President Donald Trump and White House officials, with their modest response to school shootings and in other recent remarks, have shelved bold demands of Congress for asks rooted more in the art of the possible.
The president started 2018 by pushing members of both parties to swing for the fences on a sweeping immigration deal, even offering them political cover when he told them he would “take all the heat you want to give me.”
During one early January meeting at the White House, Trump said of a bipartisan group working on an immigration compromise he would later help torpedo: “I’ll sign whatever bill they send me.”
Over his first 13 months in office, Trump sought massive legislative deals, but succeeded only with a tax overhaul law that also allowed Arctic National Wildlife Refuge oil drilling and ended the Affordable Care Act’s individual insurance mandate — and even then, he got zero Democratic votes.
Since the Senate scuttled a White House overhaul proposal that included provisions favored by administration and congressional immigration hawks, however, Trump and White House officials have shifted gears.
Gone, for now at least, are the president’s demands for broad legislation. In their place are more manageable asks for legislation that would enact incremental changes.
“To attract the very voters for 2018 and 2020 in places like Pennsylvania and Ohio and Michigan and Wisconsin that put him in the presidency in the first place, Republicans and his staff would have to do two things,” one Republican source said.
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“The first is change this president’s behavior, which is turning off voters in those very places. But that ain’t happening,” the source said. “And the second is pass major legislation geared to those voters. But, c’mon, you’re just not going to pass legislation in 2018. My sense is the White House understands that now. And, trust me, Republicans on the Hill have understood that for some time now.”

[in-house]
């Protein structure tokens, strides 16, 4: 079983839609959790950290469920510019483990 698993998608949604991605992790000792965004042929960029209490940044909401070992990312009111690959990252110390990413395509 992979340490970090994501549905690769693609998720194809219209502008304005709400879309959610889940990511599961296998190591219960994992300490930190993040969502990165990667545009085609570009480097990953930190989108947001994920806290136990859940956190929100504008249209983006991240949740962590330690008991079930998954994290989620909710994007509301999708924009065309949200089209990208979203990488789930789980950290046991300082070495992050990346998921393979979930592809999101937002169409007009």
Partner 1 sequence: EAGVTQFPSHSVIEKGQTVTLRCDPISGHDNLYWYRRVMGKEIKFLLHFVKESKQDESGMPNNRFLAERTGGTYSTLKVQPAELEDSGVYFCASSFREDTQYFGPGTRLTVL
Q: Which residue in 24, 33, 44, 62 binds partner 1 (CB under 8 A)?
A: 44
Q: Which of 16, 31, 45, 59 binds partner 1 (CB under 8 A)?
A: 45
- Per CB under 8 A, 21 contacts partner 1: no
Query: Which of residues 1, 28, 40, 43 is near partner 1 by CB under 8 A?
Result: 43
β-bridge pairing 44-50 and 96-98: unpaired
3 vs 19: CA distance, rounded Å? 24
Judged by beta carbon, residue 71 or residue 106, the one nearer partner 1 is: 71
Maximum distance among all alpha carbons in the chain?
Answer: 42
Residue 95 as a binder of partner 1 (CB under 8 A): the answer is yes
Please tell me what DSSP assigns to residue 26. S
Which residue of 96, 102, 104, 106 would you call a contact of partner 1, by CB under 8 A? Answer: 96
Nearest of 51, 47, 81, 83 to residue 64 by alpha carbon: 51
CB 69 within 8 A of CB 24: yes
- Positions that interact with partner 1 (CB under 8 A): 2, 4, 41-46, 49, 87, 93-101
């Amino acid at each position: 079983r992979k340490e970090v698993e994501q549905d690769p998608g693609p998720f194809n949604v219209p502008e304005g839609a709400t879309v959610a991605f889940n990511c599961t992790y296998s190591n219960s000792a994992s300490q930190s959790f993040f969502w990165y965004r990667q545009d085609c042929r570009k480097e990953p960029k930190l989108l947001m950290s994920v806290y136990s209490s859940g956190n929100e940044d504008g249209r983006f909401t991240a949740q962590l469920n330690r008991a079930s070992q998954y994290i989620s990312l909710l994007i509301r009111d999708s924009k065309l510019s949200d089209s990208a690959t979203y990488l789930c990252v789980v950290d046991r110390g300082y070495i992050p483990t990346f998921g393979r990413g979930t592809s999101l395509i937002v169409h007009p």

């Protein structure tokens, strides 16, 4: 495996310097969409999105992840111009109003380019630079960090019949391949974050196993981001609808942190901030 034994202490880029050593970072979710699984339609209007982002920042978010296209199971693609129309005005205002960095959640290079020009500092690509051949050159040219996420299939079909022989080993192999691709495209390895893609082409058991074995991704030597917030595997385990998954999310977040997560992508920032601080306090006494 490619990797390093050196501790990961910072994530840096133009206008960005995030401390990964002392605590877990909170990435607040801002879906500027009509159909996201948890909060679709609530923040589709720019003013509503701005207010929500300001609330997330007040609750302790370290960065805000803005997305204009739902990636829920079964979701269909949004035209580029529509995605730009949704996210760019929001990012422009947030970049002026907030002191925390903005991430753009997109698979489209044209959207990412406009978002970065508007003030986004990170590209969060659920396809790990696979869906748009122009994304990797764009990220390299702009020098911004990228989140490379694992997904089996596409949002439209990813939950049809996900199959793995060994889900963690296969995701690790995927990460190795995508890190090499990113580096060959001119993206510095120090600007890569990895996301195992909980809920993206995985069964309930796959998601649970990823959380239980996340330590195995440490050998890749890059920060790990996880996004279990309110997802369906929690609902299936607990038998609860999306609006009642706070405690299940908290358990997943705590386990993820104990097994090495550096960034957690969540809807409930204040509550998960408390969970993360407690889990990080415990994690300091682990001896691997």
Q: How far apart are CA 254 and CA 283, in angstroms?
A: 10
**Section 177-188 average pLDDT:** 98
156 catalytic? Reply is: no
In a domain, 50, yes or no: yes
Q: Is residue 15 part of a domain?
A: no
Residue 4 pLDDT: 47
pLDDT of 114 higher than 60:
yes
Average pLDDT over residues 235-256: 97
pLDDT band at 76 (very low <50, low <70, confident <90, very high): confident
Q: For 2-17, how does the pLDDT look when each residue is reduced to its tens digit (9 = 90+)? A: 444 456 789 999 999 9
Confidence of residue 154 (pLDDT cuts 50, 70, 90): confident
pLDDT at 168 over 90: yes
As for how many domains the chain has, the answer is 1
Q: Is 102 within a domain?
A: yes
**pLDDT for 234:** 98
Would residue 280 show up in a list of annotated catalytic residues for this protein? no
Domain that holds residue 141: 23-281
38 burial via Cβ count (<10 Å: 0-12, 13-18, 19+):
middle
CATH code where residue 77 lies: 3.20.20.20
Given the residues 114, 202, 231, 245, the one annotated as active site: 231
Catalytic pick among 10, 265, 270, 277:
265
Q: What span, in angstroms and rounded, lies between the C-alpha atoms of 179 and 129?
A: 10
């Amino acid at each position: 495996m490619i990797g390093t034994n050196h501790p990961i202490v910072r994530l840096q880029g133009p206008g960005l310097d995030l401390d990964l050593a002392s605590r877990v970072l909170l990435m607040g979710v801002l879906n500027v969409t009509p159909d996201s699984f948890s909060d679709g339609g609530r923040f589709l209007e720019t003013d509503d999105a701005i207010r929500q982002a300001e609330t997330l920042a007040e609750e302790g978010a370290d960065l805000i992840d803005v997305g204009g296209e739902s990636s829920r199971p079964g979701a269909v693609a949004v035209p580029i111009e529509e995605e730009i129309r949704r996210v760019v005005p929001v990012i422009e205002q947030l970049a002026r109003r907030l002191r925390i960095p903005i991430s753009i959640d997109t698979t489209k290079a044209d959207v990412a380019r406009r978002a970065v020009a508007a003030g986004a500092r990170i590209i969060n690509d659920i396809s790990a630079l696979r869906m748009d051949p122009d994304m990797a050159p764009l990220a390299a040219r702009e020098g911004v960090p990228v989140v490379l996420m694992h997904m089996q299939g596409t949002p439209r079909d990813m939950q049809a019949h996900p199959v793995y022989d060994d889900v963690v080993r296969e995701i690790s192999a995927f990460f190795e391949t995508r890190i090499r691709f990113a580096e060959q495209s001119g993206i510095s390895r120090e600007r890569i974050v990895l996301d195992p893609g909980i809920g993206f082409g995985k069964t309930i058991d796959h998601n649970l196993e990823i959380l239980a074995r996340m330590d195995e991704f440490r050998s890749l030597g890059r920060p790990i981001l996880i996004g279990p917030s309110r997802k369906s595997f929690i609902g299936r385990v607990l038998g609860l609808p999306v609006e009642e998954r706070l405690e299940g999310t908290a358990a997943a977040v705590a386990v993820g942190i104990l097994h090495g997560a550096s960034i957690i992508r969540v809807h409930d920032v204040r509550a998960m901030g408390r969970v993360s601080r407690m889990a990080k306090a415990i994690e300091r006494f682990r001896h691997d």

Scaling back on guns
The most glaring example is the White House’s response to a recent string of deadly school gun massacres, spurred by the Parkland, Florida, high school shooting that left 17 students and teachers dead and others badly injured.
Trump publicly embraced bold ideas with his signature gusto, including raising to 21 the age at which individuals can purchase AR-15s and similar assault weapons.
In one meeting with lawmakers, he flirted with the notion of a national ban on assault weapons. And during that same Feb. 28 White House session, which aides said Trump insisted be broadcast live on television news networks, the president urged lawmakers to pursue a broad bill on background checks with some gun control provisions included.
“Hopefully we can put … ideas in a very bipartisan bill,” he told members that day. “It would be so beautiful to have one bill that everybody could support as opposed to, you know, 15 bills — everybody has got their own bill.”
But when it came time to unveil the president’s legislative priorities for combating school shootings, the president and his team opted for smaller bites at the legislative apple.
“Look, right now, the president’s primary focus is on pushing through things that we know have broad bipartisan support or things that we can do from an administrative perspective that we can do immediately,” Press Secretary Sarah Huckabee Sanders said of that plan.